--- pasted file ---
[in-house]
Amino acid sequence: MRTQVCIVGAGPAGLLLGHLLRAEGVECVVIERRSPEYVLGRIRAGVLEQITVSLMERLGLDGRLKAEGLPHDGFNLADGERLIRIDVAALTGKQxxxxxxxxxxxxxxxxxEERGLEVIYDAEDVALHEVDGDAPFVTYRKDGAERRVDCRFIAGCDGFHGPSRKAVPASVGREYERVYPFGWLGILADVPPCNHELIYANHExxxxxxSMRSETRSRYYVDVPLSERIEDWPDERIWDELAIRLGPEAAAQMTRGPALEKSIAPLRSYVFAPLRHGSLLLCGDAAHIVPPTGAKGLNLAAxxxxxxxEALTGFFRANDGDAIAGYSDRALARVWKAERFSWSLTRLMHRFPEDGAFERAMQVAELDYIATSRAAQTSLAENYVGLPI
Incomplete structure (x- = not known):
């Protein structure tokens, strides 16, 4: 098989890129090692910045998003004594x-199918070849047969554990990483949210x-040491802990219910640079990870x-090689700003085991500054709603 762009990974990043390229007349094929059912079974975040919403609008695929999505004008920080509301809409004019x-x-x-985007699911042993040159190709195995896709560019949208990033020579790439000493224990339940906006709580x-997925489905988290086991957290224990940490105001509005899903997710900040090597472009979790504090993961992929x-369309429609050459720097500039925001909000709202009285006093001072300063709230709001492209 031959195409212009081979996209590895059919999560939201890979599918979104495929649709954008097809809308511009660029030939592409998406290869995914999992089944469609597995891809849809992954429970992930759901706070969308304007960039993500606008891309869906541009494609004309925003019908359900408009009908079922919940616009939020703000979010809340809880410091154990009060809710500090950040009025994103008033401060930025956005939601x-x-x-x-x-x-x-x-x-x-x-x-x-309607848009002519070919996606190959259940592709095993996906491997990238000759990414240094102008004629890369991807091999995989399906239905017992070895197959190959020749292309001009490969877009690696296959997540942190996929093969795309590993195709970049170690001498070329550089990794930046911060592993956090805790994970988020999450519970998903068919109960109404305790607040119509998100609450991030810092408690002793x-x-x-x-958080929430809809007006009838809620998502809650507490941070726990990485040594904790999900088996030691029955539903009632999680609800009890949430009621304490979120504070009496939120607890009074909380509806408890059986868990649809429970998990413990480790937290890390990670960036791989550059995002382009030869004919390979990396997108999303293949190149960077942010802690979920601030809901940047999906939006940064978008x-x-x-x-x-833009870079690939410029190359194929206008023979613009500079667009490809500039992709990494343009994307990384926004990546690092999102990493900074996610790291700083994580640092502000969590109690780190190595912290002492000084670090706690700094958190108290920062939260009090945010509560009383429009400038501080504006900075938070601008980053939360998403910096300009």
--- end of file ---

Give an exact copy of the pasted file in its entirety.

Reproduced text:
[in-house]
Amino acid sequence: MRTQVCIVGAGPAGLLLGHLLRAEGVECVVIERRSPEYVLGRIRAGVLEQITVSLMERLGLDGRLKAEGLPHDGFNLADGERLIRIDVAALTGKQxxxxxxxxxxxxxxxxxEERGLEVIYDAEDVALHEVDGDAPFVTYRKDGAERRVDCRFIAGCDGFHGPSRKAVPASVGREYERVYPFGWLGILADVPPCNHELIYANHExxxxxxSMRSETRSRYYVDVPLSERIEDWPDERIWDELAIRLGPEAAAQMTRGPALEKSIAPLRSYVFAPLRHGSLLLCGDAAHIVPPTGAKGLNLAAxxxxxxxEALTGFFRANDGDAIAGYSDRALARVWKAERFSWSLTRLMHRFPEDGAFERAMQVAELDYIATSRAAQTSLAENYVGLPI
Incomplete structure (x- = not known):
């Protein structure tokens, strides 16, 4: 098989890129090692910045998003004594x-199918070849047969554990990483949210x-040491802990219910640079990870x-090689700003085991500054709603 762009990974990043390229007349094929059912079974975040919403609008695929999505004008920080509301809409004019x-x-x-985007699911042993040159190709195995896709560019949208990033020579790439000493224990339940906006709580x-997925489905988290086991957290224990940490105001509005899903997710900040090597472009979790504090993961992929x-369309429609050459720097500039925001909000709202009285006093001072300063709230709001492209 031959195409212009081979996209590895059919999560939201890979599918979104495929649709954008097809809308511009660029030939592409998406290869995914999992089944469609597995891809849809992954429970992930759901706070969308304007960039993500606008891309869906541009494609004309925003019908359900408009009908079922919940616009939020703000979010809340809880410091154990009060809710500090950040009025994103008033401060930025956005939601x-x-x-x-x-x-x-x-x-x-x-x-x-309607848009002519070919996606190959259940592709095993996906491997990238000759990414240094102008004629890369991807091999995989399906239905017992070895197959190959020749292309001009490969877009690696296959997540942190996929093969795309590993195709970049170690001498070329550089990794930046911060592993956090805790994970988020999450519970998903068919109960109404305790607040119509998100609450991030810092408690002793x-x-x-x-958080929430809809007006009838809620998502809650507490941070726990990485040594904790999900088996030691029955539903009632999680609800009890949430009621304490979120504070009496939120607890009074909380509806408890059986868990649809429970998990413990480790937290890390990670960036791989550059995002382009030869004919390979990396997108999303293949190149960077942010802690979920601030809901940047999906939006940064978008x-x-x-x-x-833009870079690939410029190359194929206008023979613009500079667009490809500039992709990494343009994307990384926004990546690092999102990493900074996610790291700083994580640092502000969590109690780190190595912290002492000084670090706690700094958190108290920062939260009090945010509560009383429009400038501080504006900075938070601008980053939360998403910096300009």